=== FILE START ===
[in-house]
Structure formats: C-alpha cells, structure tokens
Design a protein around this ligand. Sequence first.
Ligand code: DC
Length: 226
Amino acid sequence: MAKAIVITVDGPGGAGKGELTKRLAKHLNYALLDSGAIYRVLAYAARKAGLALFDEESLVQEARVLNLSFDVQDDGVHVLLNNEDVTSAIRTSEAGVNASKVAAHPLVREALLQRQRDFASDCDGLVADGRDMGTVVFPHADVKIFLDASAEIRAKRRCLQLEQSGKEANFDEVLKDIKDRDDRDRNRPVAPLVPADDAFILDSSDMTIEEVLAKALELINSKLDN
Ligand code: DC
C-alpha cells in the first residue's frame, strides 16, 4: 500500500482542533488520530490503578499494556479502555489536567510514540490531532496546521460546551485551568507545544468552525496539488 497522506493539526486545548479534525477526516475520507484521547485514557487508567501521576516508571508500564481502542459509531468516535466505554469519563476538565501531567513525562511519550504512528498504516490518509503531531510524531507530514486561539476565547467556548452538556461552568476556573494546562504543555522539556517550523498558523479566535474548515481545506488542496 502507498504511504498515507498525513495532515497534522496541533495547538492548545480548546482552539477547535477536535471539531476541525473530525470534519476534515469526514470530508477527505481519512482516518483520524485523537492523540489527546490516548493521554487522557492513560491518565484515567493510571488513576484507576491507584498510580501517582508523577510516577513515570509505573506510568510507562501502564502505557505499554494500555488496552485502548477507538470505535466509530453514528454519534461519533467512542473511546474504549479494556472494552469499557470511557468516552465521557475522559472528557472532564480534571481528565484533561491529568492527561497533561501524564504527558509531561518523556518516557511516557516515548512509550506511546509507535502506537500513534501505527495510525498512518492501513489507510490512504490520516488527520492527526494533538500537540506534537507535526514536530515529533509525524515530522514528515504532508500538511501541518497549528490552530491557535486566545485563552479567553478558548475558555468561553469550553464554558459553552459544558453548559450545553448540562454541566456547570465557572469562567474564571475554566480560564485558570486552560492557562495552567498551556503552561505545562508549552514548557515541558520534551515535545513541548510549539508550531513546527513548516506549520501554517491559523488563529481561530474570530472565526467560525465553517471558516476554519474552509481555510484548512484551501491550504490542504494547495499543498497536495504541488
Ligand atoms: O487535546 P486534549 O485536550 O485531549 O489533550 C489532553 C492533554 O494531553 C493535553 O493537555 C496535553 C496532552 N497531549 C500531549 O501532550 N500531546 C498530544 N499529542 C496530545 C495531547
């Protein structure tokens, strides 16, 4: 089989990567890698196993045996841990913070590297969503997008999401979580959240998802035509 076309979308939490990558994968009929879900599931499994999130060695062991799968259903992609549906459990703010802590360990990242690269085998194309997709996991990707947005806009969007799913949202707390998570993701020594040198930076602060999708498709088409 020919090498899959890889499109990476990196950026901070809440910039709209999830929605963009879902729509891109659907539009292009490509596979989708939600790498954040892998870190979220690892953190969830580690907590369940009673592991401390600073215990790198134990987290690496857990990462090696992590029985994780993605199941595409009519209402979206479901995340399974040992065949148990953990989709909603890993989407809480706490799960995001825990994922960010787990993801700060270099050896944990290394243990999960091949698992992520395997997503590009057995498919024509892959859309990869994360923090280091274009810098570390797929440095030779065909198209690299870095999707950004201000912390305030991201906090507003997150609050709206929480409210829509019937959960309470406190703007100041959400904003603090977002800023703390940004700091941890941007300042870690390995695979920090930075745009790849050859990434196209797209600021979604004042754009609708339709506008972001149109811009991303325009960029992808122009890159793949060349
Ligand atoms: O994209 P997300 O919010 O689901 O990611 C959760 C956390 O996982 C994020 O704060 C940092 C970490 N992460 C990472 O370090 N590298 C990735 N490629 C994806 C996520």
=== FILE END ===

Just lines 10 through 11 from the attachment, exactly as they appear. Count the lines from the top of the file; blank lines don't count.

């Protein structure tokens, strides 16, 4: 089989990567890698196993045996841990913070590297969503997008999401979580959240998802035509 076309979308939490990558994968009929879900599931499994999130060695062991799968259903992609549906459990703010802590360990990242690269085998194309997709996991990707947005806009969007799913949202707390998570993701020594040198930076602060999708498709088409 020919090498899959890889499109990476990196950026901070809440910039709209999830929605963009879902729509891109659907539009292009490509596979989708939600790498954040892998870190979220690892953190969830580690907590369940009673592991401390600073215990790198134990987290690496857990990462090696992590029985994780993605199941595409009519209402979206479901995340399974040992065949148990953990989709909603890993989407809480706490799960995001825990994922960010787990993801700060270099050896944990290394243990999960091949698992992520395997997503590009057995498919024509892959859309990869994360923090280091274009810098570390797929440095030779065909198209690299870095999707950004201000912390305030991201906090507003997150609050709206929480409210829509019937959960309470406190703007100041959400904003603090977002800023703390940004700091941890941007300042870690390995695979920090930075745009790849050859990434196209797209600021979604004042754009609708339709506008972001149109811009991303325009960029992808122009890159793949060349
Ligand atoms: O994209 P997300 O919010 O689901 O990611 C959760 C956390 O996982 C994020 O704060 C940092 C970490 N992460 C990472 O370090 N590298 C990735 N490629 C994806 C996520």